Ben has been to science fiction conventions, particularly Worldcon in America, and closer to home Bristolcon, which he describes as more “bookish” and therefore closer to his interests. However, he says he has never felt the need to dress up as a stormtrooper or a Klingon, or buy huge amounts of merchandise. “I have friends who light up at the opportunity to buy some piece of insignia from Battlestar Galactica, but that’s not me,” says Ben, whose home is remarkably free of aliens and space ships. The only science fiction paraphernalia evident is a Tardis icebox in his study (which he keeps his pens in), and another tiny Tardis next to his computer.

For research, Ben doesn’t always need to leave his home as much of his work is not set on earth and space travel would probably break the budget. However, he has been to some of the locations in his novel The New World Order, set in Hampton Court and White Horse Hill. “I’ve also written a couple of teenage fantasy novels set in Salisbury. My grandmother lived there and I’ve done several research trips just to make sure that I am getting the details correct.”

Christian science fiction isn’t a genre Ben has written reams of, but he does have an idea for a novel based in a fictional church setting where the golden couple of the youth group find the girl is pregnant and an older couple, one with MS, are considering a one-way trip to Switzerland. “I haven’t had experience of either scenario, but it would be looking at Christian attitudes to sin, given that to outsiders, Christianity can look like a list of don’ts. The apologetics is the important thing – not just ‘thou shalt not’ but why.”

Among Ben’s current projects is a contribution to a forthcoming series of biographies of famous people, in a similar vein to the Horrible Histories books (“but better”). Published by David Fickling Books, the series includes Elon Musk and Amelia Earheart. “I’m doing the one for Ada Lovelace, the daughter of Lord Byron who became the world’s first computer programmer. It’s good stuff for a science fiction writer,” says Ben.

Ben also preaches about once a term at Christ Church, Long Furlong in Abingdon, where he worships. “I often use the Brick Testament as a visual aid. I used it when I had to preach on the Prophets of Baal.” Previously, Ben worshipped at St Aldate’s and St Ebbe’s in Oxford, moving to Christ Church in 2001.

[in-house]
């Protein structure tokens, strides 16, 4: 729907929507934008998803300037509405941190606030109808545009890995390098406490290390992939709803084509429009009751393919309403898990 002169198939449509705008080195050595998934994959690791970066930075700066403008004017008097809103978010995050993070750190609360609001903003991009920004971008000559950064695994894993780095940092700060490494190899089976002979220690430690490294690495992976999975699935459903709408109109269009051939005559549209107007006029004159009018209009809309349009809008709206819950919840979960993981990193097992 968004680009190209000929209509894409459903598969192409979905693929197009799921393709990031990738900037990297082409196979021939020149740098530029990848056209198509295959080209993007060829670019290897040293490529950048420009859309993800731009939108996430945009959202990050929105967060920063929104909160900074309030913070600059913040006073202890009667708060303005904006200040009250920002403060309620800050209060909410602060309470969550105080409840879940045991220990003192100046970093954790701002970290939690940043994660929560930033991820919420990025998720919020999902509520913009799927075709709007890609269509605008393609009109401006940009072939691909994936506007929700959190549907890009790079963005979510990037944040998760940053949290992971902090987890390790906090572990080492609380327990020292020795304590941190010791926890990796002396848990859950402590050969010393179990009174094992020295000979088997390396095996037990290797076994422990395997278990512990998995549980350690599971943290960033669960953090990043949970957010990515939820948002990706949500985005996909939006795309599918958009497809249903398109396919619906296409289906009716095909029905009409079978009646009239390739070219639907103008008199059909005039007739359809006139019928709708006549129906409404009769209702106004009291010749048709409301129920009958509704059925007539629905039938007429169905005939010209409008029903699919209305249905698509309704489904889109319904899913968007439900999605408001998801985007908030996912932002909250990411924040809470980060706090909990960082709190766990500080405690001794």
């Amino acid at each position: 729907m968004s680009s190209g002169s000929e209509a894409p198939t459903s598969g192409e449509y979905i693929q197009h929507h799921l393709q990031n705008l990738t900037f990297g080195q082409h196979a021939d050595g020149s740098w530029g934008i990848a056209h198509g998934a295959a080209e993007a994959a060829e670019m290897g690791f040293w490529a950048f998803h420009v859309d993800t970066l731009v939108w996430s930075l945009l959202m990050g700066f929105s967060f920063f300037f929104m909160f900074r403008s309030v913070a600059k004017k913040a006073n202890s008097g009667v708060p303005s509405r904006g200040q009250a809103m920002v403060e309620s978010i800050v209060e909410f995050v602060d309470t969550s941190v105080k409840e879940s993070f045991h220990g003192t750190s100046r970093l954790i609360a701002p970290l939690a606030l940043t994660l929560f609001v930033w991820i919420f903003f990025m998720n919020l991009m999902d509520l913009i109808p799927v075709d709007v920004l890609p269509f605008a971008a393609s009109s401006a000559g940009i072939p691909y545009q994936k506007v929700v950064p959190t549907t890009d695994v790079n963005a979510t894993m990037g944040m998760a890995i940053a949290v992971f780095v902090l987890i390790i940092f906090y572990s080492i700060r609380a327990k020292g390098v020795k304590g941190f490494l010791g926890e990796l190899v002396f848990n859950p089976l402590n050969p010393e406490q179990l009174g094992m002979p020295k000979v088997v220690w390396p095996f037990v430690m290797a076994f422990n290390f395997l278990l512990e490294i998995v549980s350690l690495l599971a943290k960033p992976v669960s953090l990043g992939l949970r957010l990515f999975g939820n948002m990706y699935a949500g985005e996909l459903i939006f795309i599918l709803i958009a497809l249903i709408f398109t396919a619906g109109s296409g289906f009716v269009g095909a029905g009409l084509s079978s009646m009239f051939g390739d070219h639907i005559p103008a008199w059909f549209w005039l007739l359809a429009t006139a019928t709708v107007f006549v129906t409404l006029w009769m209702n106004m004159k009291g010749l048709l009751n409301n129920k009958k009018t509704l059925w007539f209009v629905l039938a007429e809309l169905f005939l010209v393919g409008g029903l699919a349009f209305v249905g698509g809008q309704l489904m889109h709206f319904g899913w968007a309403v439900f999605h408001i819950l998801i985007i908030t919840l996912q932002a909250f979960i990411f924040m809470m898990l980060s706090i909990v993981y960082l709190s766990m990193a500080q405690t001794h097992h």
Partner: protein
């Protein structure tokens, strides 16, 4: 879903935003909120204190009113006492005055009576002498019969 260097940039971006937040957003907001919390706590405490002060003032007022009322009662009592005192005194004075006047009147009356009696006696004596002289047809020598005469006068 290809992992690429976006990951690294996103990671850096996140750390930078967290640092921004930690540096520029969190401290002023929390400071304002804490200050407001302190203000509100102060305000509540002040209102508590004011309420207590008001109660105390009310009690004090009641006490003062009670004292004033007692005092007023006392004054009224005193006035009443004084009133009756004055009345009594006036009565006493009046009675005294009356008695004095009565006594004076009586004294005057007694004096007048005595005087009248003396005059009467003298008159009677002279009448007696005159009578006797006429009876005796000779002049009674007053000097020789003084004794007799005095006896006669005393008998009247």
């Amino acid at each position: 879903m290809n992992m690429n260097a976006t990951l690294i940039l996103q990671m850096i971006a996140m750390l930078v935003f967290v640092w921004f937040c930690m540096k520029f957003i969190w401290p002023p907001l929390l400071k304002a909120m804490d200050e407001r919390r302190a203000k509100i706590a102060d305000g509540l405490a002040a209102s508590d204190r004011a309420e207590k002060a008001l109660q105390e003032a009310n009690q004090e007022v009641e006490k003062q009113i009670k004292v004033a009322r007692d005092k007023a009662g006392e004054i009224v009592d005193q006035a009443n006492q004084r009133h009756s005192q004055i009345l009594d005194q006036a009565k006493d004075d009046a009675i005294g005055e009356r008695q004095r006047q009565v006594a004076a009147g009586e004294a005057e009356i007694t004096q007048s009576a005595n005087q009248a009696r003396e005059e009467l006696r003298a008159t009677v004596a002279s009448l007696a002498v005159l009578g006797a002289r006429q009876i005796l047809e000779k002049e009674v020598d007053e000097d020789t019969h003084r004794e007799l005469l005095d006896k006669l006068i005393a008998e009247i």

Ben lives in Abingdon with Kerstin and her grown-up son.

God in the life of Stephen Lawhead

StephenLawheadAUTHOR Stephen Lawhead blends history, science fiction and fantasy into his popular novels. He tells Jo Duckles about his faith journey and his path to becoming a professional novelist based in Oxford.

I met Stephen in the home he shares with his wife, Alice, where evidence of his creative work, paintings and books, can be spotted everywhere. Stephen tells me his story which starts in Nebraska in the 1950s, with President Eisenhower in power and the Cuban Missile Crisis taking place during his formative years. He was raised in a Baptist family and made a personal commitment to Christ at university.

“Even for someone raised in the Church, there comes a time when you have to decide whether to move closer to Jesus and make your faith your own or to distance yourself. A lot of people distance themselves in a sort of rebellion. You have to do that to find out where you are and show that you are not just an extension of your parents,” says Stephen. “I did not rebel, as such, but I came to the conclusion that I really liked a lot of what the Church did, the people involved in it, its teachings – and in my first year at university decided that it would be for me.”

After an art degree, Stephen began a three year Masters in Theology at a seminary in Chicago which he abandoned within a few weeks  of finishing when he landed a job with Campus Life Magazine, an outreach of Youth for Christ International. “Along with my theological studies, I’d been taking extra classes in writing – something I had an itch to do. One evening after class, I was asked by the lecturer – who also happened to be a magazine publisher – if I would like to work for his magazine,“ says Stephen, who took the job and stayed for five years, before leaving to concentrate on writing fiction.